Fuldamobil is the name of a series of small cars produced by Elektromaschinenbau Fulda GmbH of Fulda, Germany, and Nordwestdeutscher Fahrzeugbau (NWF) of Wilhelmshaven between 1950 and 1969. Though numbers produced were relatively small, the cars attracted sufficient attention to see licensed construction on four continents including Europe. In its ultimate configuration it is said to have inspired the term "bubble car".
The cars original design was conceived by Norbert Stevenson, a freelance-journalist who had worked for the "Rhein-Zeitung" newspaper who had completed one term of mechanical engineering at the Technische Hochschule Berlin. His design concept was for a very simple three-wheeled car with room for two people inside, it would have two wheels at the front for stability, and be driven by a small engine at the rear. After initial financial support for the project from his former employer had ceased, Stevenson took his concept to several companies and in the summer of 1949, it was accepted by Karl Schmitt, a wealthy engineering graduate.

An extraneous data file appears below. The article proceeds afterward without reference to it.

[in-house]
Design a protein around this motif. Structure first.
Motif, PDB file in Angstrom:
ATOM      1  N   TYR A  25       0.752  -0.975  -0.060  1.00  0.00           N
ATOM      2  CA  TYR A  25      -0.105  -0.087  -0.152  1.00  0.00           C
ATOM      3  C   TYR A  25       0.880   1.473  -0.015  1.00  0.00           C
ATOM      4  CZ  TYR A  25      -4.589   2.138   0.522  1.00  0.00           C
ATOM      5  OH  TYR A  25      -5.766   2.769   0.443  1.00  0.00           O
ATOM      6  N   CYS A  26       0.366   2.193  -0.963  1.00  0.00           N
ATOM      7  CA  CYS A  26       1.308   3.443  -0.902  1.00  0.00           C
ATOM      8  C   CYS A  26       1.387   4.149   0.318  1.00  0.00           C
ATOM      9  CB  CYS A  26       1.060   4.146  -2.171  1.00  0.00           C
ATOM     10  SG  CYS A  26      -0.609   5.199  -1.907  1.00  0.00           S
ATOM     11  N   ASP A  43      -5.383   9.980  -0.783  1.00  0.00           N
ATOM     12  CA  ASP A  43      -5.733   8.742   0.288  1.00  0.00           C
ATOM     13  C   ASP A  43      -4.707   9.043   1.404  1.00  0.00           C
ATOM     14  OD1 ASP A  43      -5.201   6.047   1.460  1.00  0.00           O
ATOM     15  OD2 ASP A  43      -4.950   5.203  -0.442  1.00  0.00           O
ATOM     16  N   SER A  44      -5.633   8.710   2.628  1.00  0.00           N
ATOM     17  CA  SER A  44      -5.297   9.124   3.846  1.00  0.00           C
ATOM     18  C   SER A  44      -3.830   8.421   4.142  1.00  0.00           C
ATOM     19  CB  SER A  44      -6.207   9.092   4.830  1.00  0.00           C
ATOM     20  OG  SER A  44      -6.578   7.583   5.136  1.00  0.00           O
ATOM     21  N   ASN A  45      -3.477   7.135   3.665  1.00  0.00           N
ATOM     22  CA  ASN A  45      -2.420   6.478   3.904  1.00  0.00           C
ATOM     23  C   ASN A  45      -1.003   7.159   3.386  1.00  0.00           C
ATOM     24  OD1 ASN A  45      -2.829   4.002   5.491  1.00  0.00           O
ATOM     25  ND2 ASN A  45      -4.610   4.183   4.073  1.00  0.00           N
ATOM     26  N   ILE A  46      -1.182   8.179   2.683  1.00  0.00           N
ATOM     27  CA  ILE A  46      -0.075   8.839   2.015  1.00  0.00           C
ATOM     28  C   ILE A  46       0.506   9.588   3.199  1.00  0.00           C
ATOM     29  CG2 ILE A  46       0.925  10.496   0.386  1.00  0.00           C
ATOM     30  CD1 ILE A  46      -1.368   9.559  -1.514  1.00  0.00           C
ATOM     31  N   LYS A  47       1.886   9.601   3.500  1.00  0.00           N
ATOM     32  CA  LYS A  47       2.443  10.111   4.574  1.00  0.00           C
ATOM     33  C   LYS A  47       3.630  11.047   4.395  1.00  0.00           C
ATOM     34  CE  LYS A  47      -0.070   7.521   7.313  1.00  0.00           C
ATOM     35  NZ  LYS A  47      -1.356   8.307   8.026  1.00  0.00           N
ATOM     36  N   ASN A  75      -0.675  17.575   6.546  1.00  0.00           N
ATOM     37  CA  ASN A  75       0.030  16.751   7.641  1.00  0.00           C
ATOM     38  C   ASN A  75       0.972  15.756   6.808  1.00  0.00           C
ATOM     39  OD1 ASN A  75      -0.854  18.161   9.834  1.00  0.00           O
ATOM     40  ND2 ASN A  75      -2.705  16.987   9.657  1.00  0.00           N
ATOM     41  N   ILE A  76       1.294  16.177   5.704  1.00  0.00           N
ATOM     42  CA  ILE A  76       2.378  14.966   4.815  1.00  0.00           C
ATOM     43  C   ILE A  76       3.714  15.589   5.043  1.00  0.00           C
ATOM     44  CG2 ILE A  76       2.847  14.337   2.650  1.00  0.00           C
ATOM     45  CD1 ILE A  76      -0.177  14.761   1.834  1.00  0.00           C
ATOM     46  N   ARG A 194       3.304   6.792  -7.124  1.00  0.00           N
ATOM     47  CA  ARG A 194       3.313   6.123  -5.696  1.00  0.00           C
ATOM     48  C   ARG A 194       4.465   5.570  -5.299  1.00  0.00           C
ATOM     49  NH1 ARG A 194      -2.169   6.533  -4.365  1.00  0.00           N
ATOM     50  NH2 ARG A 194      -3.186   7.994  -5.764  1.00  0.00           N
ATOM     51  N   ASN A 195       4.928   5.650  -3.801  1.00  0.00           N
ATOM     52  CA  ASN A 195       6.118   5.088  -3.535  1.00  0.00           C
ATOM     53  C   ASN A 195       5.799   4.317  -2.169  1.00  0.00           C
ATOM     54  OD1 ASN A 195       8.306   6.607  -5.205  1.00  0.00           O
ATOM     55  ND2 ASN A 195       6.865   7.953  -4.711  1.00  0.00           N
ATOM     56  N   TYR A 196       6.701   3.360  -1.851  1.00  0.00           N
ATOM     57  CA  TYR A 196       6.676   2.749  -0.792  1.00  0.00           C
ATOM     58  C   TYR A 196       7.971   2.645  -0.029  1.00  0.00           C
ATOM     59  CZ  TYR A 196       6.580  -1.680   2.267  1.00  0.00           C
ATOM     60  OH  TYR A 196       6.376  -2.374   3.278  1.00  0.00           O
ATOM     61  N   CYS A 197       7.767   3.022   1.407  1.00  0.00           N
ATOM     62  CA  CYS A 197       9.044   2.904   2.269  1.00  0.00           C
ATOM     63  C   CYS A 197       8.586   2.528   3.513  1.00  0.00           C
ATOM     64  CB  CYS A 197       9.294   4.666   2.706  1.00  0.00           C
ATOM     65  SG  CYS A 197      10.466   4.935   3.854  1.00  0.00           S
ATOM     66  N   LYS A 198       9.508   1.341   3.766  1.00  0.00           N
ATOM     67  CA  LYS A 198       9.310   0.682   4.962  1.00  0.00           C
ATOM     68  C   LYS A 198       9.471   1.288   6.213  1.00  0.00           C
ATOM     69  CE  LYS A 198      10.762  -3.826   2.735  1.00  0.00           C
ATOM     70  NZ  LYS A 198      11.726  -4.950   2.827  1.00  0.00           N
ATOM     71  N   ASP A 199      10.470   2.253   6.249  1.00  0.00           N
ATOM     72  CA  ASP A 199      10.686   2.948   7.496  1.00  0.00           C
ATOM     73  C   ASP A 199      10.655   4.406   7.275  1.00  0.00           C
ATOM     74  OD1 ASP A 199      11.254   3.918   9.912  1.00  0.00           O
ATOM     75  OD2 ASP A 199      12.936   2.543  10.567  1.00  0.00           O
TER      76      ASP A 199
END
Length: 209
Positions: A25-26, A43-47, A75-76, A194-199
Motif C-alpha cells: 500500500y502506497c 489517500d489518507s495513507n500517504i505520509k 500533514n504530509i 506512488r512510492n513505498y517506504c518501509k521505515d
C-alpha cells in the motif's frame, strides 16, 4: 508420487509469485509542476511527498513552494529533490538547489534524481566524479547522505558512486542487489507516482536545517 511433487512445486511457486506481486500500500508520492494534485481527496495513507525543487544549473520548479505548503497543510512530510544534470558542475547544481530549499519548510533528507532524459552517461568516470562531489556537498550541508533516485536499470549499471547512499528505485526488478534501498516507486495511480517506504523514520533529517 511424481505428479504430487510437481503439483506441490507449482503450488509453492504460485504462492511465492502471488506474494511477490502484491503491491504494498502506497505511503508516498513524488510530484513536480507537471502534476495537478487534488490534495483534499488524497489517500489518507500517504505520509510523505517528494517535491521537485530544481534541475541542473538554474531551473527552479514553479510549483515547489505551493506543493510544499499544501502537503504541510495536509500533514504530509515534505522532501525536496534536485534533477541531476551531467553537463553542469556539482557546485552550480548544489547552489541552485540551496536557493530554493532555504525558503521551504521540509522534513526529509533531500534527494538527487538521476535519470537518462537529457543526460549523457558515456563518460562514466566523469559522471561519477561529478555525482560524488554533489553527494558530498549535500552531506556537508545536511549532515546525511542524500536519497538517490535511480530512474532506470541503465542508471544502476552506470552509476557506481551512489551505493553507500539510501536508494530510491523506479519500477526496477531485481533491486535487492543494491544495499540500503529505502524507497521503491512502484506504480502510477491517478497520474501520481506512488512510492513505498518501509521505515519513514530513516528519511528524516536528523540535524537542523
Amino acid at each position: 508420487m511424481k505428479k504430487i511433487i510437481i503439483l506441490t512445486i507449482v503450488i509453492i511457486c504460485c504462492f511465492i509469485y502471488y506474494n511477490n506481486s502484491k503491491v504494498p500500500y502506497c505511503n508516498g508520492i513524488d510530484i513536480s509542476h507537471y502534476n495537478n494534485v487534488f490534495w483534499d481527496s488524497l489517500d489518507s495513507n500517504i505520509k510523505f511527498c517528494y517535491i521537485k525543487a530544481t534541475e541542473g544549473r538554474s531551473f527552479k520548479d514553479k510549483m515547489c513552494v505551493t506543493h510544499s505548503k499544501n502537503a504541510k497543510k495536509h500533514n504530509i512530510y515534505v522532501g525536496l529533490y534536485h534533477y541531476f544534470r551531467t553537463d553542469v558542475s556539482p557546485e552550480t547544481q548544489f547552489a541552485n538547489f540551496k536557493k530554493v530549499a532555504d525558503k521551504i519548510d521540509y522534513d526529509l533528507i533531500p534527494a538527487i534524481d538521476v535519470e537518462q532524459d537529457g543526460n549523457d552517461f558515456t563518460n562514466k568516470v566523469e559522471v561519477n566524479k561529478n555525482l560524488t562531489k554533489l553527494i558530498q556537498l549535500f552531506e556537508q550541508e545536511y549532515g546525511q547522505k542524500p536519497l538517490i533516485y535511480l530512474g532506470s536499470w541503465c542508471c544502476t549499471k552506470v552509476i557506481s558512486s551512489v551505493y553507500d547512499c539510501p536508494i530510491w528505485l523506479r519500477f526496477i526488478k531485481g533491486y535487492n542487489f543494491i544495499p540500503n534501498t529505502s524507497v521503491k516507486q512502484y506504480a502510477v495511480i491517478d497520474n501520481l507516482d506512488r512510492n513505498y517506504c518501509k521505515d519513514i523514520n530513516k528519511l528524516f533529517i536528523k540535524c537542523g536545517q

Schmitt was a Bosch wholesaler in the town of Fulda, Germany, who also ran another small company; Elektromaschinenbau Fulda GmbH, which had proved successful providing maintenance and repair of the emergency power generators in widespread use in Germany after the war.
The Fuldamobil was licensed for manufacture to various countries where it was known by varying names, such as the Nobel in Chile and the UK, the Bambi in Argentina, the Bambino in the Netherlands, Fram King Fulda in Sweden, Attica and also Alta in Greece, and Hans Vahaar in India. It was also manufactured in South Africa under the original German name. A pickup version called "Sporty" based on the coupé was also available in Argentina.
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